Russia’s Night Hunter copters used in operation to free Palmyra — Defense Ministry

© Alexandr Ryumin/TASS

MOSCOW, March 31. /TASS/. The Russian air group in Syria used attack helicopters Mi-28N Night Hunter against militants in Palmyra, as follows from a video clip posted on the Defense Ministry’s website.

Russia’s attack helicopters Mi-28N Night Hunter used against militants in Palmyra

There has been no other evidence so far helicopters were employed to deal strikes against terrorists in Syria. Experts believe that Mi-28N were used only for maintaining security of the Hmeimim airdrome, which hosts the Russian aerospace group. The Defense Ministry has made no official statements Mi-28N helicopters had been moved to Syria.

The video shows helicopters destroying terrorists’ armored vehicle in Palmyra with guided anti-tank missiles and then one of their strongholds inside a building. The subtitle reads: “Mi-28 helicopter destroys militants’ armor in the area of Palmyra” and “Mi-28 helicopter destroys militants in a building near Palmyra.”

The Syrian army last Sunday declared it had gained control of Palmyra. Russian aircraft and special operations forces supported the operation. The Islamic State (terrorist organization outlawed in Russia) had seized it in May 2015.

Russian planes dealt 2,000 strikes on terrorists during operation to regain Palmyra

Russian warplanes used precision weapons to destroy terrorists’ key facilities in Syria’s Palmyra

© Russian Defense Ministry’s Press and Information Department/TASS

MOSCOW, March 31. /TASS/. Russian warplanes flew about 500 sorties during the operation to liberate Palmyra and dealt more than 2,000 strikes, the head of the main operational department of the Russia’s General Staff, Lieutenant-General Sergey Rudskoy, told a news briefing.

“On March 7-27 Russia’s Aerospace Forces flew about 500 sorties to deal more than 2,000 air strikes against IS terrorists. The attacks in the first place wiped out the main strongholds and artillery positions on all commanding heights,” he said.

Most of the militants’ command posts were wiped out in the first two days of the operation.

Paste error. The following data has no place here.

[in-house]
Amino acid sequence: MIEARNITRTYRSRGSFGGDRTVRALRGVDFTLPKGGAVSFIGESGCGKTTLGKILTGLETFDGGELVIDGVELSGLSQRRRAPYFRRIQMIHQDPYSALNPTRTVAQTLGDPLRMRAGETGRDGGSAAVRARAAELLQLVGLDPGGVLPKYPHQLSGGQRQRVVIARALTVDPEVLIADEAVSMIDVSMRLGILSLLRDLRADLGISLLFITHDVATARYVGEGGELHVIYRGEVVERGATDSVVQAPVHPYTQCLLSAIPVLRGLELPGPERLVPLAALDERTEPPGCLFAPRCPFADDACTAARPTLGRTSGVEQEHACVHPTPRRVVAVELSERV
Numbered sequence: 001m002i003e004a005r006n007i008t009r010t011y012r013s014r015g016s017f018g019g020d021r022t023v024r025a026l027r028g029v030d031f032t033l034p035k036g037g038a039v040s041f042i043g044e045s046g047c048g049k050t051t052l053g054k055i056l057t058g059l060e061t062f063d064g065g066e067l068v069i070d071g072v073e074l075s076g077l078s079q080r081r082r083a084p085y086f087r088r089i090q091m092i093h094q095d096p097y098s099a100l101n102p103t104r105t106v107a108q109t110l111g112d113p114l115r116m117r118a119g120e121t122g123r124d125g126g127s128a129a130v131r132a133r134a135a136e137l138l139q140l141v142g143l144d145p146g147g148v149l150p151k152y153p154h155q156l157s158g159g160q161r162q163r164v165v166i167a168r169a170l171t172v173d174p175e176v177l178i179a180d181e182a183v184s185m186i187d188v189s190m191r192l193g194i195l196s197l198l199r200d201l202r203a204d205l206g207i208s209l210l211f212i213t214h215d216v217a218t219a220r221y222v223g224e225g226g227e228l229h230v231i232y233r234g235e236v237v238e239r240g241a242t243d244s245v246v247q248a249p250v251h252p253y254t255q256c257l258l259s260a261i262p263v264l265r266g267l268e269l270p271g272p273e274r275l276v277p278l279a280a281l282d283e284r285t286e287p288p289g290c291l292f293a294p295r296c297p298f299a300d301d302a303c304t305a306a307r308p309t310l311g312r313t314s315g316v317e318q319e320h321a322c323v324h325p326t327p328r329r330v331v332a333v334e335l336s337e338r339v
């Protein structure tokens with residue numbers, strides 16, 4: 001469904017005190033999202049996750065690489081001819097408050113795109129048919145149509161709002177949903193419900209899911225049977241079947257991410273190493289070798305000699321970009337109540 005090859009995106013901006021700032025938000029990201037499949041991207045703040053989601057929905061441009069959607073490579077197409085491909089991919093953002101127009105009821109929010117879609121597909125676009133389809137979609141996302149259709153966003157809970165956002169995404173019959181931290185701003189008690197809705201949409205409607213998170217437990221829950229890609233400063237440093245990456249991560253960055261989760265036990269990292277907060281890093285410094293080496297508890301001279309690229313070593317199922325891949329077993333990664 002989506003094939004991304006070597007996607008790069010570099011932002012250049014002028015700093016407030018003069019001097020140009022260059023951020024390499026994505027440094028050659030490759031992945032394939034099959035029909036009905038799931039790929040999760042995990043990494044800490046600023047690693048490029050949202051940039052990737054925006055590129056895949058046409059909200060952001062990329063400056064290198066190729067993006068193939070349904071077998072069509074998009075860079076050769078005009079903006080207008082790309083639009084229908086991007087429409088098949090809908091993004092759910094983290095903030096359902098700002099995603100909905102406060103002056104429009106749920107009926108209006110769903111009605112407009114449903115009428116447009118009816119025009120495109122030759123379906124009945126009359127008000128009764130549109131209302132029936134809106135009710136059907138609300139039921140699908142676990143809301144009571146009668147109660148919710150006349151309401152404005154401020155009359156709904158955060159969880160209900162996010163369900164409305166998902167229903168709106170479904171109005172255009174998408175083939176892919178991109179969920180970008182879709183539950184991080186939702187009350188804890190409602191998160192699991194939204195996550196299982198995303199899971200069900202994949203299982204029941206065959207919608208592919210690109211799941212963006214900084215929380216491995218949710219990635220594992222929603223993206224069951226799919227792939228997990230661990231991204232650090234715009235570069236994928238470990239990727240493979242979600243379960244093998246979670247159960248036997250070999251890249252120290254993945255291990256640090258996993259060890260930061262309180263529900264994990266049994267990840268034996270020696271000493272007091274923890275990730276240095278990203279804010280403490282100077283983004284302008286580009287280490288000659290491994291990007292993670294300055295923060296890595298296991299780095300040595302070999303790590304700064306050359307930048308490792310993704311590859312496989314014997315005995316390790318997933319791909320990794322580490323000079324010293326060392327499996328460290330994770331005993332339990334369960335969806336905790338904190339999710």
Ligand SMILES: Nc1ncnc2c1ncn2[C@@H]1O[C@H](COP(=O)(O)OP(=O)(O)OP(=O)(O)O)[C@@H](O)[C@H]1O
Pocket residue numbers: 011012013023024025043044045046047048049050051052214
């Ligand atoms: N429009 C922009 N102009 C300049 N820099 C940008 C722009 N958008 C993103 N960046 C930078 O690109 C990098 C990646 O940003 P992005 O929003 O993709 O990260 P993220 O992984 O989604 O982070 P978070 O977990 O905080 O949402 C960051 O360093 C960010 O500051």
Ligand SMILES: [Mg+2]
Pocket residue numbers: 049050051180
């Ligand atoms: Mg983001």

Also, Rudskoy said that every day Russian warplanes destroyed “motor convoys carrying militants and ammunition towards Palmyra from Raqqah and Deir ez-Zor.”

After being driven out of Palmyra scattered groups of terrorists were destroyed by Russian planes while trying to retreat to Raqqah and Deir ez-Zor, Rudskoy added.

Russia used precision weapons to destroy terrorist facilities in Palmyra

According to Rudskoy, Russian warplanes used precision weapons to destroy terrorists’ key facilities in Syria’s Palmyra, using data coming from the ground.

“During the entire operation, the aircraft of Russia’s Aerospace Force delivered strikes solely against exposed terrorist facilities and using accurate target coordinate data received from the ground,” the general said.

“The terrorists’ most important facilities were destroyed with precision munitions guided to targets in real time from the ground,” he said.

The Syrian army declared it had regained Palmyra last Sunday. Russian warplanes and special operations forces took part in the offensive.

The militants of the Islamic State (outlawed in Russia) seized Palmyra in May 2015.

Russia’s military operation in Syria

Russia started its operation in Syria on September 30, 2015 at the request of Syrian President Bashar Assad to fight militants of the Islamic State and other terrorist groupings in the Arab country.

The operation involved the Russian Aerospace Force and Navy. It was also reported that Russian special forces were involved in the Syria operation. Russia deployed some most advanced military hardware at the Khmeimim airbase in Syria, including Su-34 bombers and Su-35 fighter jets.

Russia withdrew the basic contingent of its forces from Syria from March 15 but its air task force continues delivering strikes against terrorists.



We See The World From All Sides and Want YOU To Be Fully Informed
In fact, intentional disinformation is a disgraceful scourge in media today. So to assuage any possible errant incorrect information posted herein, we strongly encourage you to seek corroboration from other non-VT sources before forming an educated opinion.

About VT - Policies & Disclosures - Comment Policy
Due to the nature of uncensored content posted by VT's fully independent international writers, VT cannot guarantee absolute validity. All content is owned by the author exclusively. Expressed opinions are NOT necessarily the views of VT, other authors, affiliates, advertisers, sponsors, partners, or technicians. Some content may be satirical in nature. All images are the full responsibility of the article author and NOT VT.